A clean energy is an energy source in which there is no emission of greenhouse gases such as carbon dioxide or other pollutants. They are types of energy that respect the environment and do not contribute to climate change on Earth.
Traditionally, the main way to generate electricity has been through the combustion of fossil fuels (mainly coal and natural gas). Fossil energy is one of the main sources of polluting gas emissions.
When solar radiation reaches the earth, part of this radiation bounces off the surface. Some of this bounced radiation gets trapped in particles in the atmosphere, and the rest goes back into space.
This capture of energy is necessary to keep the planet at a temperature suitable for life. However, the excess of gases in the atmosphere causes the captured heat to be excessive, giving rise to global warming of the planet.
Is clean energy the same as renewable energy?
Clean energy and renewable energy are different concepts.
A renewable energy source is an energy source that uses an inexhaustible resource, but it does not imply that it is clean.
Biomass is a renewable energy source but it generates greenhouse gases.
Solar energy and wind energy are clean and renewable energies, since they do not pollute and use inexhaustible resources.
Fossil energy is neither clean nor renewable as it emits greenhouse gases and the fuel used takes millions of years to regenerate.
Characteristics of clean energy
Clean energies meet the following characteristics:
All clean energy is renewable (but not vice versa).
They do not generate polluting residues such as radioactive waste.
They do not emit greenhouse gases, therefore they do not contribute to global warming or climate change.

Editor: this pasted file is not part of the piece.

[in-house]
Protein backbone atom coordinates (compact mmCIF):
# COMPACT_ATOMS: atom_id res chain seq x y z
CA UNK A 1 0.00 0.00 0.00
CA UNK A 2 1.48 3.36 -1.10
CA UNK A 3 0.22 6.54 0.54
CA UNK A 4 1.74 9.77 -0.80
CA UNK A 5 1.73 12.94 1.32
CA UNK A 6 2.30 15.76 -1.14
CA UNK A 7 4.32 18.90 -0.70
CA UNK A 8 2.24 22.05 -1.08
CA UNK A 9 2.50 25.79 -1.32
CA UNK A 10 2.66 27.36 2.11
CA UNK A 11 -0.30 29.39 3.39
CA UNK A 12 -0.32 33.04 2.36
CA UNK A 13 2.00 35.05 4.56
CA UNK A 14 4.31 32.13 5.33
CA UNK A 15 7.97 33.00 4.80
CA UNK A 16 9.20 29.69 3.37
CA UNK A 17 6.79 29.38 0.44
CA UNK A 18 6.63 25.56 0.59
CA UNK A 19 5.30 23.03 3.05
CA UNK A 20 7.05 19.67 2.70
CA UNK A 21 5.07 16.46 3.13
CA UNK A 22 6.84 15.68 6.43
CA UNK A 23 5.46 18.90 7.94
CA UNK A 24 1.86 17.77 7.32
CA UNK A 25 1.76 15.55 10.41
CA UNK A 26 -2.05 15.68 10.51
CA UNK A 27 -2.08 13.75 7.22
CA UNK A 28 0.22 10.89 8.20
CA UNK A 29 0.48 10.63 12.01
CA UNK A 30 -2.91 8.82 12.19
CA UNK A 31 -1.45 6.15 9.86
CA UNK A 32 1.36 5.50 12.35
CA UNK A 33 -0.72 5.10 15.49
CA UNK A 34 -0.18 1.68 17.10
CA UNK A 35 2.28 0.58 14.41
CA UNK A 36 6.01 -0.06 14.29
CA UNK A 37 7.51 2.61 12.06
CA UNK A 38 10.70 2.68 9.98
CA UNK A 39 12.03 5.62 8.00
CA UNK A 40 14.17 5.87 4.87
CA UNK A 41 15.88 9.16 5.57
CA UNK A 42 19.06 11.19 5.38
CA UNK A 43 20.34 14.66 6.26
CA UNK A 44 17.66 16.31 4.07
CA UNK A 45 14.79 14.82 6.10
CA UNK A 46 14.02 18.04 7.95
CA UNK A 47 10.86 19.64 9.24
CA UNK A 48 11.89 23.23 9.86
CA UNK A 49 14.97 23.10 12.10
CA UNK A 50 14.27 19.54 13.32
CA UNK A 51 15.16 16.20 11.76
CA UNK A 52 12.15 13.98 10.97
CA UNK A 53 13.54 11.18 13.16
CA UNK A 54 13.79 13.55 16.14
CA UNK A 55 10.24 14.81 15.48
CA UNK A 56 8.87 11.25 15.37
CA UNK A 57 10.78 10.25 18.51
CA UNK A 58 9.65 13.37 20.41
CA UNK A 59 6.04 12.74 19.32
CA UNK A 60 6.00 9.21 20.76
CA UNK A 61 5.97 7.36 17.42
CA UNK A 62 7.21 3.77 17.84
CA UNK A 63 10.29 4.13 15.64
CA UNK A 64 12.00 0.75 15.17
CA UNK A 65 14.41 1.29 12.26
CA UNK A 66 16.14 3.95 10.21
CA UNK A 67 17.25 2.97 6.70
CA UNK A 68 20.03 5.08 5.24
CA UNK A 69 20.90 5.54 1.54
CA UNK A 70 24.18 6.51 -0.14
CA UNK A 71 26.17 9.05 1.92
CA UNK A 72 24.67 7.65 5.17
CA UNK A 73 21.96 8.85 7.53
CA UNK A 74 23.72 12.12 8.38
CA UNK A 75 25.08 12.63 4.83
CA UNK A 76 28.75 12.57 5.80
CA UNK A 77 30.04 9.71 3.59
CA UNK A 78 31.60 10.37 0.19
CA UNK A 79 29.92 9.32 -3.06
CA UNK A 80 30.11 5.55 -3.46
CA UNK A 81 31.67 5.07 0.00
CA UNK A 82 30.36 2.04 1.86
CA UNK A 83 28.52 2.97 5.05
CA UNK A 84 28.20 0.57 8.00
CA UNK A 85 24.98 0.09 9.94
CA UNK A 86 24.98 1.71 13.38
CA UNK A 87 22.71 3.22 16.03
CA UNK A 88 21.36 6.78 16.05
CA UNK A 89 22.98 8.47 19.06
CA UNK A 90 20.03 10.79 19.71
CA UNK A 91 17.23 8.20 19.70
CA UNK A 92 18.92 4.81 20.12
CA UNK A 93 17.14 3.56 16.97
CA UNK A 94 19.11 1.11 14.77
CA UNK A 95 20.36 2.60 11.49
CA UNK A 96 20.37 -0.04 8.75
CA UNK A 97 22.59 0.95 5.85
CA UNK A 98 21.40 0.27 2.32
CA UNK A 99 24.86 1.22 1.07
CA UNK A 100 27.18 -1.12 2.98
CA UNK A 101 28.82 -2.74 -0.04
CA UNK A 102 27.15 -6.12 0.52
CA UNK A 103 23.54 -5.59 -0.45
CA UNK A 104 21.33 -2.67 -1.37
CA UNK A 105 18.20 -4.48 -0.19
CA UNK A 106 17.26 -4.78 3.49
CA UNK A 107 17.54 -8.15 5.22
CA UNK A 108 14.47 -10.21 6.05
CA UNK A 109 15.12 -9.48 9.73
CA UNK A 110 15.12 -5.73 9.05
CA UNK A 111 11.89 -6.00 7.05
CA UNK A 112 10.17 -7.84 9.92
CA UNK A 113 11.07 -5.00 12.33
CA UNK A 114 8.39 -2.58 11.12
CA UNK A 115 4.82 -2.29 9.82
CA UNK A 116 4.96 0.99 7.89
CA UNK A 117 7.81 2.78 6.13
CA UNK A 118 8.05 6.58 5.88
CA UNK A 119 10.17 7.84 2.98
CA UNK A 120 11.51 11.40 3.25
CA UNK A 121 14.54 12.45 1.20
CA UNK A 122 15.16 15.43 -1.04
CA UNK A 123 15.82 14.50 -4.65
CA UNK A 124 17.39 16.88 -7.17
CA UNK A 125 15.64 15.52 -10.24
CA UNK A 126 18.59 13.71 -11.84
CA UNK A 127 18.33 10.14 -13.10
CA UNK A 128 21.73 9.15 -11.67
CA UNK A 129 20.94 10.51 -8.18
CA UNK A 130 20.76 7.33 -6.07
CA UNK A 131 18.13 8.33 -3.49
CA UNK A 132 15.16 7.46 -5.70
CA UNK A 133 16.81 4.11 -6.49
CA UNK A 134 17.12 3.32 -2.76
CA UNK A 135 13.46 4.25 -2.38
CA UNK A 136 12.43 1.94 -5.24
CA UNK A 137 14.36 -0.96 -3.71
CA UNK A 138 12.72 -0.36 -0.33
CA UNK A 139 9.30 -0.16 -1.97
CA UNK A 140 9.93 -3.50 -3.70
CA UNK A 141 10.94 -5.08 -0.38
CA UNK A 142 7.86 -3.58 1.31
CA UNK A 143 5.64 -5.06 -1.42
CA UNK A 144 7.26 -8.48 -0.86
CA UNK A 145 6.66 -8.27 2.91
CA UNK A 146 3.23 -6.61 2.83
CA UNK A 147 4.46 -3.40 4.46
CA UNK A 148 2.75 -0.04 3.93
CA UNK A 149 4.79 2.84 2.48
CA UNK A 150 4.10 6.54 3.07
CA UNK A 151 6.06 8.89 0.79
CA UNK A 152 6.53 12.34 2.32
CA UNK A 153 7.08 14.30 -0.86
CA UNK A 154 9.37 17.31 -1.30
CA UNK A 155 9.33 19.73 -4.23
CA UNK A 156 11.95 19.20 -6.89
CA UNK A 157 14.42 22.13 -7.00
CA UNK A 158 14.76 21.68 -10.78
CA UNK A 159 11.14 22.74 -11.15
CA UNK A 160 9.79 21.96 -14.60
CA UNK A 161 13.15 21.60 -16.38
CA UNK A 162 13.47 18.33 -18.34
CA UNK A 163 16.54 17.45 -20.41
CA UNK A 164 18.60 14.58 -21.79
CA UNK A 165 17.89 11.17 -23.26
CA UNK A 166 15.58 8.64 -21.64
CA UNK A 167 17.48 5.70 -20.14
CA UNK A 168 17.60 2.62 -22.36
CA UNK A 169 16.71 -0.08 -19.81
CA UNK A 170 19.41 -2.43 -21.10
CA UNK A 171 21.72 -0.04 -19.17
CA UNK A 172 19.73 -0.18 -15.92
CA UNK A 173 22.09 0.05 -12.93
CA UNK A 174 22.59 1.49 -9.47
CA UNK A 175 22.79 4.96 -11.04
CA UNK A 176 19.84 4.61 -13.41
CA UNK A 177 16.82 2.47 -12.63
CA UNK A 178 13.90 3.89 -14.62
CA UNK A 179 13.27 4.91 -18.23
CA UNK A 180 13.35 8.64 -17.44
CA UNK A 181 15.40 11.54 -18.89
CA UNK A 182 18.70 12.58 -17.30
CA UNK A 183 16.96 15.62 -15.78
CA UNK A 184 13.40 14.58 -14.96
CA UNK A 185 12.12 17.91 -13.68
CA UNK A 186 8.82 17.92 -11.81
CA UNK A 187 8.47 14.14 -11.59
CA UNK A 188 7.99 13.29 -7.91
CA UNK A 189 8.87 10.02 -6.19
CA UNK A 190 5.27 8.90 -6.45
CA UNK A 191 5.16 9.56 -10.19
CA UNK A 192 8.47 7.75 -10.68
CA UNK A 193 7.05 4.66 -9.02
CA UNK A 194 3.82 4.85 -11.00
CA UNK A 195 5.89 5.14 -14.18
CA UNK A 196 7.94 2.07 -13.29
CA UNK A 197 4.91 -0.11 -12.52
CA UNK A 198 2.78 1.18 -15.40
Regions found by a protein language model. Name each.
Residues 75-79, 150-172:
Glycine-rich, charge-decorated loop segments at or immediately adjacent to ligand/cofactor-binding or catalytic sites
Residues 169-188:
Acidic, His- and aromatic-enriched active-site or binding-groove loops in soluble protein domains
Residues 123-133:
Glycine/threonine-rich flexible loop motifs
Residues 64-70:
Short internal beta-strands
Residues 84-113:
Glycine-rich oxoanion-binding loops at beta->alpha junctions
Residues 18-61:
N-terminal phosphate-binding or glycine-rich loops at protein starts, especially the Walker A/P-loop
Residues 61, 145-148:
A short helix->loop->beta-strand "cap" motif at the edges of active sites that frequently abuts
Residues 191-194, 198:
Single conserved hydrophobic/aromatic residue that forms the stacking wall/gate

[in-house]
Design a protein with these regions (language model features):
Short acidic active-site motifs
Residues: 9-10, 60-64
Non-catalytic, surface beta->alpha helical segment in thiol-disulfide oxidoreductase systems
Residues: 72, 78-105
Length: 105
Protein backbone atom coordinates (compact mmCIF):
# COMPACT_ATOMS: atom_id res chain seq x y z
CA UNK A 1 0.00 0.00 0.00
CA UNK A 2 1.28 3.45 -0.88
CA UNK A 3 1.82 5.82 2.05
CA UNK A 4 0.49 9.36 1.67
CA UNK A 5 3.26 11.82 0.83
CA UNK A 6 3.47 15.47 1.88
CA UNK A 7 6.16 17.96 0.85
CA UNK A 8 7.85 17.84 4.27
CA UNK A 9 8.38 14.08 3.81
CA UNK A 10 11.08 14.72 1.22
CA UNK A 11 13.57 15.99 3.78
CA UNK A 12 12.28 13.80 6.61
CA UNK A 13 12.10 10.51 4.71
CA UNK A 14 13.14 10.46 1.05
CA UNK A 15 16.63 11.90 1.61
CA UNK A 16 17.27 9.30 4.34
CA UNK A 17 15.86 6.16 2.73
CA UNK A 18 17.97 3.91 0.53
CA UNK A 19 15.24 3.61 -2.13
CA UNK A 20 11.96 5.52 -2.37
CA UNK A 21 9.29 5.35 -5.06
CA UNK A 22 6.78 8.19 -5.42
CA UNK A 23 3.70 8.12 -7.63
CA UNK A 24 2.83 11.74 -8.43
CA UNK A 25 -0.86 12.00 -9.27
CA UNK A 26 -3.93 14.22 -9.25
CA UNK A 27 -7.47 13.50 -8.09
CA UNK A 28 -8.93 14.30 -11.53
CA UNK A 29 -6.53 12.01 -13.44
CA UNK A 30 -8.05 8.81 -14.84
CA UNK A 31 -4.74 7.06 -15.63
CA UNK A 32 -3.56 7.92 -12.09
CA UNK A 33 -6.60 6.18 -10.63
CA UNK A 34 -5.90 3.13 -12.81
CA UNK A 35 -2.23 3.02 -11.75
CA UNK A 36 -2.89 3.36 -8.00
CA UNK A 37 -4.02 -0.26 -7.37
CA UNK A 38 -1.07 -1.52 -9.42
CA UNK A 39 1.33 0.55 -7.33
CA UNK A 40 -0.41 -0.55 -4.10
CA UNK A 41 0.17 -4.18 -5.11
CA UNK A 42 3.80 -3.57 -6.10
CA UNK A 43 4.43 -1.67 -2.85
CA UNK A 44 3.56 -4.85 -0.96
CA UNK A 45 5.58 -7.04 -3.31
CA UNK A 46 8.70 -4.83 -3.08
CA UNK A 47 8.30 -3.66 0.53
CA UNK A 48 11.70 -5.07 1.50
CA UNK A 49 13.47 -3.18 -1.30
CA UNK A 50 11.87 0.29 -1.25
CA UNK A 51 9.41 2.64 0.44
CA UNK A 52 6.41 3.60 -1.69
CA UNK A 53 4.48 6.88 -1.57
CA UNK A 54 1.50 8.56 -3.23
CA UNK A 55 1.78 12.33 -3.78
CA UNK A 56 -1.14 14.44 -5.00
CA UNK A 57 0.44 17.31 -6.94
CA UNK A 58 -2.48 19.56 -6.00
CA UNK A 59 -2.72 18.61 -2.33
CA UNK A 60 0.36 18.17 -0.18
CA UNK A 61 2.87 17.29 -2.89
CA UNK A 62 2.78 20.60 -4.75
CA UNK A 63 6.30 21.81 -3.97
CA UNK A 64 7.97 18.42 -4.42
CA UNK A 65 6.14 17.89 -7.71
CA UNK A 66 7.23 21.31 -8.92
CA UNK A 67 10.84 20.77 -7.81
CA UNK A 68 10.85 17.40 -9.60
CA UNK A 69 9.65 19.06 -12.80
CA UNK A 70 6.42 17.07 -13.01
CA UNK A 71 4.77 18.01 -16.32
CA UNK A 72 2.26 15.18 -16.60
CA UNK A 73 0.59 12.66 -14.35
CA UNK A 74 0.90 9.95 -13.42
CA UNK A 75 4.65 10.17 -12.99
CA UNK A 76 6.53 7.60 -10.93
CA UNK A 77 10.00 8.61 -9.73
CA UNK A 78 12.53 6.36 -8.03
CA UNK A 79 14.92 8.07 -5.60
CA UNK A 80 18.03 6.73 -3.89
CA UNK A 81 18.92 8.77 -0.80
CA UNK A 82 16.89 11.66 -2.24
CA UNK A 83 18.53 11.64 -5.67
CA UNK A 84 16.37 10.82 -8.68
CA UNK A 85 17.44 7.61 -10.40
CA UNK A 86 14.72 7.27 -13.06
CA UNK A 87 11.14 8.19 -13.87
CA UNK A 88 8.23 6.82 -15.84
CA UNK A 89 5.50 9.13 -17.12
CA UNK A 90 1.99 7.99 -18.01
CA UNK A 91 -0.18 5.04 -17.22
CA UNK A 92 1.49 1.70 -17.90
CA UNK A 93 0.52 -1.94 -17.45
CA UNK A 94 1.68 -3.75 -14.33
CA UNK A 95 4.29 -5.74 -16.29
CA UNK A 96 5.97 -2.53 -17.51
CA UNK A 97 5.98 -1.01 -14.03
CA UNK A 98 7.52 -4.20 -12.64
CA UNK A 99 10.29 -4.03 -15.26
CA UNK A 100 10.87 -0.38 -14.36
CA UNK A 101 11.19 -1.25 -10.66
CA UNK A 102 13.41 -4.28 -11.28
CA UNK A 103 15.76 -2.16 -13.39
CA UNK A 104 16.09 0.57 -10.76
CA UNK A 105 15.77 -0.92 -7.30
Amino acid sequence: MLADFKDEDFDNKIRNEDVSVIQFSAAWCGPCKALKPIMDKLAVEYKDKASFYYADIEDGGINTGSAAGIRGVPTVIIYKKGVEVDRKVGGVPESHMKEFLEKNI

Reduce dependence on other polluting energy resources.
Its exploitation is environmentally sustainable.
Examples of clean energy sources
Below we list 6 examples of clean energy sources.
1. Solar energy
Solar energy is that form of clean and renewable energy produced by the exploitation of sunlight or by the rays that the sun radiates towards the Earth.
The solar energy that reaches the earth's surface is 10,000 times higher than all the energy used by man and is used efficiently for the production of heat and electricity thanks to photovoltaic panels.
2. Hydraulic power
Hydroelectric power takes advantage of mechanical force and water is obtained from rivers and lakes thanks to dams and floodgates.
3. Tidal energy
Tidal energy is capable of transforming tidal energy and transforming it into electrical energy. The gravitational influence of the Moon generates differences in height of the sea level.
When the tide is high, water is collected by coastal reservoirs and when it is low it is released to drive hydraulic turbines.
4. Wave energy
Wave energy takes advantage of the movement of waves and the displacement of water caused by tides and marine currents. Also called wave energy.
5. Wind power
Wind energy uses the kinetic force of the wind to produce electrical or mechanical energy. Wind turbines are windmills that transform the force of the wind into electricity.
6. Geothermal energy
Geothermal energy uses heat from the Earth's interior and from areas of volcanic formation for the production of clean, renewable energy.
As you descend deeper into the Earth's crust, temperatures tend to rise, averaging 3°C per 100 meters.
By taking advantage of the heat from these areas, through the principle of geothermal energy, it is possible to recover energy by transporting the vapors from the subsoil to the turbines used for the production of electricity and taking advantage of the water vapor for heating or other uses.
7. Nuclear power
Although nuclear energy is not a renewable source, it is part of the clean energy group because it does not emit greenhouse gases. Although nuclear power plants generate radioactive waste, this waste can be treated and contained in ways that do not harm the environment.